Tempe’s water: Your pocketbook, your health, your safety

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Water. I take it for granted, don’t you? I turn on the tap and expect water to flow forth.
I use it to water my lawn and plants. I use it to wash laundry and my car. I use it to cook pasta and to bathe. My family drinks it; and we all expect it to be healthy to consume. If there’s a fire in the neighborhood, I expect the fire department will access the hydrant in my cul-de-sac to put out the fire.

As a Tempe resident, I expect to pay a fair price for the water my family and I use. I expect the water to be safe to drink. I expect that firefighters will have ready access to plentiful supplies of water to quench any fire. My pocketbook; my family’s health; our safety. All are core water issues as recently revealed.

In south Tempe, there are many large lots and horse properties. Some homeowners are suddenly seeing water rates that are triple their bills for the same amount of water used a year ago.

At the request of selected concerned residents, we asked to meet with the Mayor, a few council members and Public Works staff members on November 28. Residents gathered to express their dismay with these higher rates and to discuss the new “tiered” system that charges the highest rates per gallon to the highest users.

Residents who use lower quantities of water have a much lower rate per gallon. It is unreasonable to expect one homeowner to subsidize water costs for others. I don’t like it in my taxes and I don’t like it in my City of Tempe water bill.

Is this new tiered system due to a water shortage in Tempe? No, but the Council, as part
of its “sustainability” policy, aspires to motivate homeowners to consume less water.

When you purchased your Tempe property, did you anticipate that the City would penalize you for attempting to maintain this lifestyle even when there is no water shortage?

This is a Council policy. We should expect better. Meanwhile last June, the City notified residents that its drinking water was in violation of a Stage 2 disinfection by-products rule. What does this mean?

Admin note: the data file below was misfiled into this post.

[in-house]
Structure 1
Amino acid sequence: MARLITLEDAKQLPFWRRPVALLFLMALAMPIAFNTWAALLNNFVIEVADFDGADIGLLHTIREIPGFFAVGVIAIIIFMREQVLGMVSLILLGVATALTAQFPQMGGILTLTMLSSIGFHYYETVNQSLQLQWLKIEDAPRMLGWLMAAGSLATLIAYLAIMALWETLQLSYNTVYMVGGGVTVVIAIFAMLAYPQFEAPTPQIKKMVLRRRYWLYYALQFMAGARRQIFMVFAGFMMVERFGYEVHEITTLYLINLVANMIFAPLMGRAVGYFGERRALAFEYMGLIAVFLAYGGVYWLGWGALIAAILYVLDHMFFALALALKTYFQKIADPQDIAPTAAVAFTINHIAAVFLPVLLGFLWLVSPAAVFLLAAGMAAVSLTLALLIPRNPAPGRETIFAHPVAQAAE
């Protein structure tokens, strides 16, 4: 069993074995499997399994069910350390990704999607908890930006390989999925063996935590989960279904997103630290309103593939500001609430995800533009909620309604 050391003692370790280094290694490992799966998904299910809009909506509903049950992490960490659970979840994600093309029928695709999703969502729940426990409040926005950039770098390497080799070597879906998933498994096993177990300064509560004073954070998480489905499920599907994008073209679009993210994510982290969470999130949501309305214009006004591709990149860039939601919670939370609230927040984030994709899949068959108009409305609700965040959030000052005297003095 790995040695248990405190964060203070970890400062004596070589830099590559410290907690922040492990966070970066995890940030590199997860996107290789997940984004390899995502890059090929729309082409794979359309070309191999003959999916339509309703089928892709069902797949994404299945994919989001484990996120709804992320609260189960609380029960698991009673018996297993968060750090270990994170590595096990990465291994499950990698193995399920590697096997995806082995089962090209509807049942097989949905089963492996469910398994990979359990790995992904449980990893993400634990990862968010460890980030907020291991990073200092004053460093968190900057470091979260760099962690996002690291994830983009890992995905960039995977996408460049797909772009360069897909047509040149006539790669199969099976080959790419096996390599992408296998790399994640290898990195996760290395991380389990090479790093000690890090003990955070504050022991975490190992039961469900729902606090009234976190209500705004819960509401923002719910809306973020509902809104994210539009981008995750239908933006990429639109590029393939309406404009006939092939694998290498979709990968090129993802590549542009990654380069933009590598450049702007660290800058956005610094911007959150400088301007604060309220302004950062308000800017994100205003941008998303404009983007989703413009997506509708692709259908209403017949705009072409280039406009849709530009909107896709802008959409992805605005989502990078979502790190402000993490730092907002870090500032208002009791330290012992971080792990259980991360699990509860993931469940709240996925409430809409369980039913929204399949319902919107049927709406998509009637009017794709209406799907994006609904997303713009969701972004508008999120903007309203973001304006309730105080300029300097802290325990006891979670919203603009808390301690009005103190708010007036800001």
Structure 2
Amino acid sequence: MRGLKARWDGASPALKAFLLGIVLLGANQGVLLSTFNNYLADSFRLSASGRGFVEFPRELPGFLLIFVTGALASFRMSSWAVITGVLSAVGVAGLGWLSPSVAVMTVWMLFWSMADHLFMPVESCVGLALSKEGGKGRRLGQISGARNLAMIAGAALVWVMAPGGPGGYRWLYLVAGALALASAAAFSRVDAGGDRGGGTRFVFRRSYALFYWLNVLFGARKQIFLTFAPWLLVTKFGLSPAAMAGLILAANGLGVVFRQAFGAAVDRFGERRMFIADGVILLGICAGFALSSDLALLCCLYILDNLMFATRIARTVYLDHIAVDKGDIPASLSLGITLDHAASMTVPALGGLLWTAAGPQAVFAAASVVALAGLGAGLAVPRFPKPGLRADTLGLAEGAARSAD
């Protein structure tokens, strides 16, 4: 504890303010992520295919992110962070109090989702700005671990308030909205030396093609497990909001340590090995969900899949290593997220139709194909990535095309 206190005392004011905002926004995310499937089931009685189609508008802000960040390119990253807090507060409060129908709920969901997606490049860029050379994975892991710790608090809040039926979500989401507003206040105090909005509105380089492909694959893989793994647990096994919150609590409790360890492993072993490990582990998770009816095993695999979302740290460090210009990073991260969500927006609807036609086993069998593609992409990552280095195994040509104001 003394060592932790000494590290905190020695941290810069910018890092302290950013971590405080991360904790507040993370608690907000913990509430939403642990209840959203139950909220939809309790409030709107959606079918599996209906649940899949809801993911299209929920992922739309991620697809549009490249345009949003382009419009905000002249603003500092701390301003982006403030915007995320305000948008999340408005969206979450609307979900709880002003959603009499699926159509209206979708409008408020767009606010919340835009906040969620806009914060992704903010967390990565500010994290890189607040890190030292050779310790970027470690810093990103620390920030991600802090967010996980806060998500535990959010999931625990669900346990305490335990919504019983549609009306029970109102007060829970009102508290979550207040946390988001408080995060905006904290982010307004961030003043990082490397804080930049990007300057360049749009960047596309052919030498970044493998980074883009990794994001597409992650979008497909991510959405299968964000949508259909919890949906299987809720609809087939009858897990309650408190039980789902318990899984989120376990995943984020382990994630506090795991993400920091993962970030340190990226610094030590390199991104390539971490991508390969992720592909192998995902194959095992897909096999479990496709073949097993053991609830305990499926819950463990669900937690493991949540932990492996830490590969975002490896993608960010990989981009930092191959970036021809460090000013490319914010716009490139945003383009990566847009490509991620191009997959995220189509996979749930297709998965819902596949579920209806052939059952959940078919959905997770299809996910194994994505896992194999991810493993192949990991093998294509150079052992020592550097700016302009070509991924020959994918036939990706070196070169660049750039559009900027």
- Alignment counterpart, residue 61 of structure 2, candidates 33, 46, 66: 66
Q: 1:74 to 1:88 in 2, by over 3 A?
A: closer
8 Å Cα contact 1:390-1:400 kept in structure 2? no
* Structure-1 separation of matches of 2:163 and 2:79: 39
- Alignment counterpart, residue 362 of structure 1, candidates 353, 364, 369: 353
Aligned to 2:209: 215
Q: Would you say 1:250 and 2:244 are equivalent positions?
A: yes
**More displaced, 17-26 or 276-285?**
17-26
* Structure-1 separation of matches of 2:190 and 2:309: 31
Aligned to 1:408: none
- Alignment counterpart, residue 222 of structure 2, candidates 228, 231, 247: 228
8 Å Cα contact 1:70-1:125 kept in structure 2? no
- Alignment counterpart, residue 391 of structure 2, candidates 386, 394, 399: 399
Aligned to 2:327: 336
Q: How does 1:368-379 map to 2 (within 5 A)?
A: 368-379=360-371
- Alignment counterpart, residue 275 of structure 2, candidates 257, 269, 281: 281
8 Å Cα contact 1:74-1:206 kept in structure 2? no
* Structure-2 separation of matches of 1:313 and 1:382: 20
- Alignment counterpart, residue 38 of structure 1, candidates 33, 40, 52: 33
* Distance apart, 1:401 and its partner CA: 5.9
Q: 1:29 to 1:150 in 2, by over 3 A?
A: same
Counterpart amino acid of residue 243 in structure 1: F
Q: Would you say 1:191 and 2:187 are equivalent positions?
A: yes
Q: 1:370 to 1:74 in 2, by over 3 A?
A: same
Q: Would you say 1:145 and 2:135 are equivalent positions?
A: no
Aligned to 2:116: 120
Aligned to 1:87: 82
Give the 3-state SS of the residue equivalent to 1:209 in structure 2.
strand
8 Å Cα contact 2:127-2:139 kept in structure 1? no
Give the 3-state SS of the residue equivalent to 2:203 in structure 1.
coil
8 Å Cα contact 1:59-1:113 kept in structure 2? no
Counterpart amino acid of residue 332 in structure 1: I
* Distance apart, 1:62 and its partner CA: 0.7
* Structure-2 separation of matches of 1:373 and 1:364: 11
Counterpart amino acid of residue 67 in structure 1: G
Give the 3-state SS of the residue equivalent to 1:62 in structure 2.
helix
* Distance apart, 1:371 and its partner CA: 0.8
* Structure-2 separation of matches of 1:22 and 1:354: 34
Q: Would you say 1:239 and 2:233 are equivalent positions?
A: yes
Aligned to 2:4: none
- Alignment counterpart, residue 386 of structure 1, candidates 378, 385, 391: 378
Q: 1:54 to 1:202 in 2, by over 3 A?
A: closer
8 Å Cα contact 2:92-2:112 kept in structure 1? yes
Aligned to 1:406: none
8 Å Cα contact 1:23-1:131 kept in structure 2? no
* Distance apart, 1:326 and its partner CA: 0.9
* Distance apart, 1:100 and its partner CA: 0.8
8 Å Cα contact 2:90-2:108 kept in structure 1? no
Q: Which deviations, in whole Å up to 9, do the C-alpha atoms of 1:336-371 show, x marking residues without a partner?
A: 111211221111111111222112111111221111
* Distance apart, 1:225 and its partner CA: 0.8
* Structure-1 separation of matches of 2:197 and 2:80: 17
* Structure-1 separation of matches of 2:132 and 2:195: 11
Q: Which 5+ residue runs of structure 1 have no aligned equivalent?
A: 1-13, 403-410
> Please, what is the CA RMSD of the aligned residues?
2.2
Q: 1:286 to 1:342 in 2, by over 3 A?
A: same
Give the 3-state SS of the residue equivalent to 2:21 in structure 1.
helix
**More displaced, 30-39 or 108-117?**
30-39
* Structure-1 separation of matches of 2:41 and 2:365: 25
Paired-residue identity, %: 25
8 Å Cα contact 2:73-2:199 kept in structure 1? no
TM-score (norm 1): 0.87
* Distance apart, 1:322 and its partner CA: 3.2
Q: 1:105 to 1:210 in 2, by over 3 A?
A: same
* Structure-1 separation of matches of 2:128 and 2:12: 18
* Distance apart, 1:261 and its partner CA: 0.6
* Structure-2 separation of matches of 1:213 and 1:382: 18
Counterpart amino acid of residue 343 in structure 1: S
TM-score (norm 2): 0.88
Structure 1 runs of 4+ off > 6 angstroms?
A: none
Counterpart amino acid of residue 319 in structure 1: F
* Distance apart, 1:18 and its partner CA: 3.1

The notice explained that the treated water had elevated levels of Trihalomethanes (TTHM),
exceeding the Maximum Containment Level (MCL) set by the Environmental Protection Agency (EPA) at 80 parts per billion (ppb). The notice states “TTHMs are four volatile organic chemicals which form when disinfectants react with natural organic matter in the water. People who drink water containing TTHMs in excess of the MCL over many years may experience problems with their liver, kidneys, or central nervous system, and may have
an increased risk of getting cancer.”

I have yet to see any follow up information that provides reassurance that Tempe’s water quality is back to safe and normal conditions. We should expect better. Then sadly, word spread recently that a couple of families in south Tempe experienced house fires. While response time of a firefighting unit was rapid, at one of these incidents firefighters needed to access three hydrants before succeeding in connecting with the water supply.

Most fire trucks have about an hour’s worth of water on board, and Tempe’s capable firefighters did finally access a hydrant. But why were hydrants inoperable? Was the water line broken? Is there a maintenance schedule for the hydrants themselves? This is a safety issue for residents and firefighters too!

We should expect better.

On Wednesday, January 23rd, at 6 p.m., a South Tempe Candidate Forum will take place at Arizona Community Church, 9325 S. Rural Road. Residents are encouraged to attend to ask candidates questions about these and other issues and to let Tempe City Council candidates know that south Tempe expects better.

Longtime resident Mary Lou Taylor served 10 years on the Tempe Union High School Board.

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1 COMMENT

  1. It’s well known that while there is no current water shortage, water levels are constantly lowering at our resovoirs and we must do a better job of conserving water, so yes the tier system is the right system and those reckless with water use should pay more.

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